EA clearly lacks confidence in 2014 FIFA World Cup Brazil. This tournament tie-in sheepishly sticks to the Xbox 360 and PS3, so you won't find any of the sexy physics or silky frame-rates that made FIFA 14 on the Xbox One and PS4 shine. This is little more than current-gen FIFA in a World Cup re-skin, created to tick boxes rather than push the FIFA series to new heights.
At least the new skin is a colourful one. Football's sheer sweaty pageantry makes it a world-favourite sport, so the heavy splash of samba spirit injected into this game goes a long way. Here sunlight beams down on luminous green pitches, confetti streams from stands, banners fly, flags wave--this carnival atmosphere is a far cry from the dreary domestic leagues. It's the spicy feijoada to FIFA 14's pork pie, the thong to its builder's bum. In this altogether steamier affair, each match feels like an occasion.
Crowd reactions are the best bit. During replays the action sometimes cuts to fully modelled fans in stands, or to drunken revellers watching screens in the middle of some heaving venue. All that's missing is the brave TV reporter delivering his piece to a camera as he tries to ignore background punters groping his arse. Crowd character models are wooden, and only a few are ever on screen at the same time, but the effort is appreciated. While the FIFA series always looks the part, its replication of an actual broadcast-style presentation often falls flat. World Cup 2014 goes some way to redeeming that.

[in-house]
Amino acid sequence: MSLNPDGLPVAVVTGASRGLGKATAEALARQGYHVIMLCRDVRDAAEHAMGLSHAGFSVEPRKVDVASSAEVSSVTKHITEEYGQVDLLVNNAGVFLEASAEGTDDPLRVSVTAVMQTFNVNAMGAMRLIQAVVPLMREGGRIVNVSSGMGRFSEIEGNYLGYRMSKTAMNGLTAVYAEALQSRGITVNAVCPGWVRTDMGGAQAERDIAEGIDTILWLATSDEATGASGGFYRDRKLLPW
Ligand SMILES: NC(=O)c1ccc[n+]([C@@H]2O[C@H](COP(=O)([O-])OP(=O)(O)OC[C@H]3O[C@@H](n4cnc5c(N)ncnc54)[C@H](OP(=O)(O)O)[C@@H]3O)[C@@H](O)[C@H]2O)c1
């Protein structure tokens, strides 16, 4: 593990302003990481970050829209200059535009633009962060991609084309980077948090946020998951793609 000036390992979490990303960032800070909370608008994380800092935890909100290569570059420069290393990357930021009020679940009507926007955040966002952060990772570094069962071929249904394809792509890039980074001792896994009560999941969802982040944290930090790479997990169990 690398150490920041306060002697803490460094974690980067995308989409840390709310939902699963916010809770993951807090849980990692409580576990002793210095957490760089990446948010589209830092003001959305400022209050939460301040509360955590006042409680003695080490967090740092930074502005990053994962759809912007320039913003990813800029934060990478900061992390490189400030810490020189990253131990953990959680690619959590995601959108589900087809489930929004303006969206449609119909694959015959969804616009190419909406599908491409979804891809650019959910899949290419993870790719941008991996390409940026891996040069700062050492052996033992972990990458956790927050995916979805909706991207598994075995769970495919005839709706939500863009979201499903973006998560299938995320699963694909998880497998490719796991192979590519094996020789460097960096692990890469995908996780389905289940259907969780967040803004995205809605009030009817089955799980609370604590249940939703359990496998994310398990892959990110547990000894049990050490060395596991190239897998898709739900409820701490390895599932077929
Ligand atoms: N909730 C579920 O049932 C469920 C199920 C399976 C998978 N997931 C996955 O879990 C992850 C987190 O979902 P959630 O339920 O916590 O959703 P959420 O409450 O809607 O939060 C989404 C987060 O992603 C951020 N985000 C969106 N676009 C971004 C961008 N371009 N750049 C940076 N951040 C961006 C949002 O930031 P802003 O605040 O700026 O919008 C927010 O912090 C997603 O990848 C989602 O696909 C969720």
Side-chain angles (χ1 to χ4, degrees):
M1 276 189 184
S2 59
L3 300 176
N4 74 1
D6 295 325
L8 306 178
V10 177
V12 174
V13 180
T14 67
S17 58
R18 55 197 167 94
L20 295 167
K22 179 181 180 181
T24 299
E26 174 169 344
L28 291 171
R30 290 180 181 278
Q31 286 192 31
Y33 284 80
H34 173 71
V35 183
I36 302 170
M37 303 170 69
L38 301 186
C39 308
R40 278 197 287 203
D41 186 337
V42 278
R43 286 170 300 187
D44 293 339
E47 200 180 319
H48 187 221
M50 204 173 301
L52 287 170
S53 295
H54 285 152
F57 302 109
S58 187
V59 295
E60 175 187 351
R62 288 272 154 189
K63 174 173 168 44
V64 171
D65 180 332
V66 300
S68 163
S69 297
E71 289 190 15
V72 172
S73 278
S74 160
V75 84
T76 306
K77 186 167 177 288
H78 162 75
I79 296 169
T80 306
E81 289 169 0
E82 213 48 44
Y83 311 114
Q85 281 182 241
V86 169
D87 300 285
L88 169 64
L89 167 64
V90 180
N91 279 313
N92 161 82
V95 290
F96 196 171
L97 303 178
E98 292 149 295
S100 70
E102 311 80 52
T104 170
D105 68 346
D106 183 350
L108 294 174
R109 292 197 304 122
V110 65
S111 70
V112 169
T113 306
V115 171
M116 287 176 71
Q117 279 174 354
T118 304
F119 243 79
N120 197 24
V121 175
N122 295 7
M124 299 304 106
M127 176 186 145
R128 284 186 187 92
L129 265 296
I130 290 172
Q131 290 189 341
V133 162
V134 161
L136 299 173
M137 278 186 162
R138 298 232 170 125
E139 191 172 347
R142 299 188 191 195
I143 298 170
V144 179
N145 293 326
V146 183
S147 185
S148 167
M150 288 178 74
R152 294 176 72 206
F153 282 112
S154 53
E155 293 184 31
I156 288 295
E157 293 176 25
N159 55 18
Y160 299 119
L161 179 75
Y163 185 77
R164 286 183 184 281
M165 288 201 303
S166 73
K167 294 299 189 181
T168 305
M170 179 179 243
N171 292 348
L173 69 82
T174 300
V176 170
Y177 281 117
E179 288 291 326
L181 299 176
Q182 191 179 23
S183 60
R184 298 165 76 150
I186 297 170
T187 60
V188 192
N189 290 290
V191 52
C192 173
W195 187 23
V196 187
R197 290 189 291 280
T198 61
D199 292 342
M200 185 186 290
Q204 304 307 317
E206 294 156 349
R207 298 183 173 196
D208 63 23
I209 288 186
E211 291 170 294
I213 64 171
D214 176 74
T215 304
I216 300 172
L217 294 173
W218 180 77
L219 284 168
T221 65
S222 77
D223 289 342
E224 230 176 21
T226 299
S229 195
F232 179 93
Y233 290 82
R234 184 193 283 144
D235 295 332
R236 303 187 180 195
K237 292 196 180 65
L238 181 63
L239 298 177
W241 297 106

Another cool touch: managers shake hands before a game. No, your eyes aren't deceiving you. That is the actually Roy Hodgson exchanging pleasantries with the actual Big Phil Scolari. What with the level of import placed on managers in the modern game, it's about time they graduated from generic men in suits. Again though, EA could have gone further. Why don't we see them furiously chewing gum on the sidelines? Or pleading for a bit of Fergie Time with fourth officials? They're a massive fixture of football, so why not here too? On one hand, these affectations have nothing to do with the actual, on screen sport. On the other hand, they have everything to do with it.
The trademark authenticity is here too: 20 new stadiums, 203 international teams, and 15 extra hours of commentary. I’m not convinced the inclusion of nations like The Solomon Islands really add to the experience, but the completism is admirable. Even Clive Tyldesley--trooper that he is--soldiers back into the recording booth to offer analysis and insight about the teams' qualification battles and their history with the tournament. It gives the game a familiar, if slightly tired, feel.
Sadly though, all the innovations in World Cup 2014 are made off the pitch. On it, there's little new to catch the eye. Supposedly, Response Dribbling with the left trigger introduces flicks and turns to let you more easily beat opponents. Supposedly, Pinpoint Passing results in crisper exchanges and more contextual animations, such as outside-of-the-foot curling crosses and more realistic clearances. Supposedly, Over-the-Back Headers enable dynamic air battles where opponents lean and jostle. Supposedly, ball physics themselves have been tweaked, with grass friction and moisture subtlety affecting its flight. Supposedly.